As this year’s wave of Johnson County property appraisals hit mailboxes in the Shawnee Mission area, Rep. Tom Cox started hearing stories that concerned him.
One came from a couple in their 80s living at a home they own in Shawnee. They’ve been on a fixed income for 15 years. And over the past couple, they’ve seen the total value of their home jump by $100,000. The hundreds of dollars in additional property taxes they were paying to the city, the county, the school district and other taxing entities were hitting them hard.
“We are legitimately pricing people out of their homes with these valuation increases in some cases,” he said.
So Cox set about looking for ways to ease the burden of property tax hikes on seniors. A provision in the state constitution prevents Kansas from capping the value of a home based on the age of its owner. But there’s nothing in the constitution that would stop the legislature from allowing seniors to defer added property taxes they may owe.
A bill Cox has submitted in the House tax committee would allow Kansans aged 65 and older to defer increases in property taxes up to $2,500 until the property changes hands, either through sale by the owners or when the estate of the owners divests it after they’ve died.
The idea, Cox said, is to protect older homeowners from financial burdens that might force them to move while still ensuring that cities, counties and other taxing entities get the revenue they need to provide services. By making the taxes due when the property in question has sold — ostensibly allowing the owners to take advantage of the increased value of their property — it ensures there are funds available to pay the deferred taxes.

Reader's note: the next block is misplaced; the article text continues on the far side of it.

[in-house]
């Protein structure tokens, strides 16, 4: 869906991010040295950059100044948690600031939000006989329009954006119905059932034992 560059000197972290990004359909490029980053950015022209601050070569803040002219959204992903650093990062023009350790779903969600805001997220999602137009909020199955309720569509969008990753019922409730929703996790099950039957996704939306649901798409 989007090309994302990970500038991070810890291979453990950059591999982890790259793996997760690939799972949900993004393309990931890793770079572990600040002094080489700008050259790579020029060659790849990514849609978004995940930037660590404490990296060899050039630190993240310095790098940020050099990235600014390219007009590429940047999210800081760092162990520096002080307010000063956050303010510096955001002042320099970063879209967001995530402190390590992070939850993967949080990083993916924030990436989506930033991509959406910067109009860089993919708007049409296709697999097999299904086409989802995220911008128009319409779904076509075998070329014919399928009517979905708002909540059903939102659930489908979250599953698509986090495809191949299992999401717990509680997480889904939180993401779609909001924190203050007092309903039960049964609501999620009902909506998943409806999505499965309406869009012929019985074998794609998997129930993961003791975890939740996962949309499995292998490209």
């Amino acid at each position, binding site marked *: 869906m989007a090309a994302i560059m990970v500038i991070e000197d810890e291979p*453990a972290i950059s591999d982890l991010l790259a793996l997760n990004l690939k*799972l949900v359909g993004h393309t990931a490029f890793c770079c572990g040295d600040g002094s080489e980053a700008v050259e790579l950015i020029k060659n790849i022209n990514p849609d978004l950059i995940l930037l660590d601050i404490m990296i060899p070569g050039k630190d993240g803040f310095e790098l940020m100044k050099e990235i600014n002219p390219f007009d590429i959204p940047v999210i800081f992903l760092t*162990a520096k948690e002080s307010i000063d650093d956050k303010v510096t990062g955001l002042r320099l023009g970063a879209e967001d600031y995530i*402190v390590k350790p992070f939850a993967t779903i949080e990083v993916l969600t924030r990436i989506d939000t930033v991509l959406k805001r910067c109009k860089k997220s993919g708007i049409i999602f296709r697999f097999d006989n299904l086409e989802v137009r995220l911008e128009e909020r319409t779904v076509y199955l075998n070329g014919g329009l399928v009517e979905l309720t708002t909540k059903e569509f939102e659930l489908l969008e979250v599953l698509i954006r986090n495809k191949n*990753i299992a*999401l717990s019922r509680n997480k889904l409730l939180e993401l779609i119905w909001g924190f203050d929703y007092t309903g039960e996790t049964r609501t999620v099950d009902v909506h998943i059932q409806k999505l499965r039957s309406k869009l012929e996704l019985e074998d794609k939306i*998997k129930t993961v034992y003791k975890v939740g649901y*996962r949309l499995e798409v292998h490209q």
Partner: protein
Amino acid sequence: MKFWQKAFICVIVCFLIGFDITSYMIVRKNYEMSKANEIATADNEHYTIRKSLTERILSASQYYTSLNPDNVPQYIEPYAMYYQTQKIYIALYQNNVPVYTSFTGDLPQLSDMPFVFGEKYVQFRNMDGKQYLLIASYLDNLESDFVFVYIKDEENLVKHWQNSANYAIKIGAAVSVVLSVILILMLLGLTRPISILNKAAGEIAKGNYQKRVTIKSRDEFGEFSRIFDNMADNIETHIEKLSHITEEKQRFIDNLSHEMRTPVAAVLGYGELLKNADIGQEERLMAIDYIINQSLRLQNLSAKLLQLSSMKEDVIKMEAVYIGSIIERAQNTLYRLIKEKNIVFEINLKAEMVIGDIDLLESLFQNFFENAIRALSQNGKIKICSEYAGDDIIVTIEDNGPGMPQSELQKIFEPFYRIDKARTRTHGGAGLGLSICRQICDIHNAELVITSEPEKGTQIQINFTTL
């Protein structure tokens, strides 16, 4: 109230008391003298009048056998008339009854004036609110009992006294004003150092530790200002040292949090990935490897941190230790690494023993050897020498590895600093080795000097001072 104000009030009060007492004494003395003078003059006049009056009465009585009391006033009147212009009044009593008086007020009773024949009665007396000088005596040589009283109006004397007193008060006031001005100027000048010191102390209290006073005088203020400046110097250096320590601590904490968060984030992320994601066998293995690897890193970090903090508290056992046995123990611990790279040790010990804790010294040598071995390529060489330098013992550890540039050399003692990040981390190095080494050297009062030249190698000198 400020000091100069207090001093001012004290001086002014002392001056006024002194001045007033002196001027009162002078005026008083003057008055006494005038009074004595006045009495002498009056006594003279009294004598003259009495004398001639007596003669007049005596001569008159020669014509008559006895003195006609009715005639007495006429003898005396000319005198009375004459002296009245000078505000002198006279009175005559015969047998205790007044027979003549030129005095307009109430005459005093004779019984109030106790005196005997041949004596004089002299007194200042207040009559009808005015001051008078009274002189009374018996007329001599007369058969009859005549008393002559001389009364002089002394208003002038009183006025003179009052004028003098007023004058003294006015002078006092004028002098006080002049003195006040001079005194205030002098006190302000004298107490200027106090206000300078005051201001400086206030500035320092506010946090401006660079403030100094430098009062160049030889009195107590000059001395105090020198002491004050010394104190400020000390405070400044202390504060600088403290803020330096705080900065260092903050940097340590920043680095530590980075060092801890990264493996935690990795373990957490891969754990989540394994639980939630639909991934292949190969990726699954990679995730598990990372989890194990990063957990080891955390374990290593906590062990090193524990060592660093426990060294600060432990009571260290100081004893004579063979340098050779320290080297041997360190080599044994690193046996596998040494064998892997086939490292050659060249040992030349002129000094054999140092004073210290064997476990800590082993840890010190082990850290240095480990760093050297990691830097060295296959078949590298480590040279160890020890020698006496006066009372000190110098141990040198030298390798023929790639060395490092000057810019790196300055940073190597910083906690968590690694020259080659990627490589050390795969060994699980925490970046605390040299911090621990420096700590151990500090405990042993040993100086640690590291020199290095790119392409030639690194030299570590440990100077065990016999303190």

Cox said he’s not sure whether the bill will get a hearing this session or not. The chair of the tax committee has told him he’s open to the idea of bringing the bill forward if it looks like the idea has a lot of support. But with time running short, it’s unclear whether Cox will be able to get enough momentum to justify a hearing.
That said, Cox notes that he’s committed to pushing the initiative next session if he’s returned to Topeka by voters.
“At our house, we’ve seen the value go up around 30 percent over two years, which means I owe around $1,000 more in property taxes,” he said. “If this is hitting me hard, I can only imagine what it’s doing to people on fixed incomes.”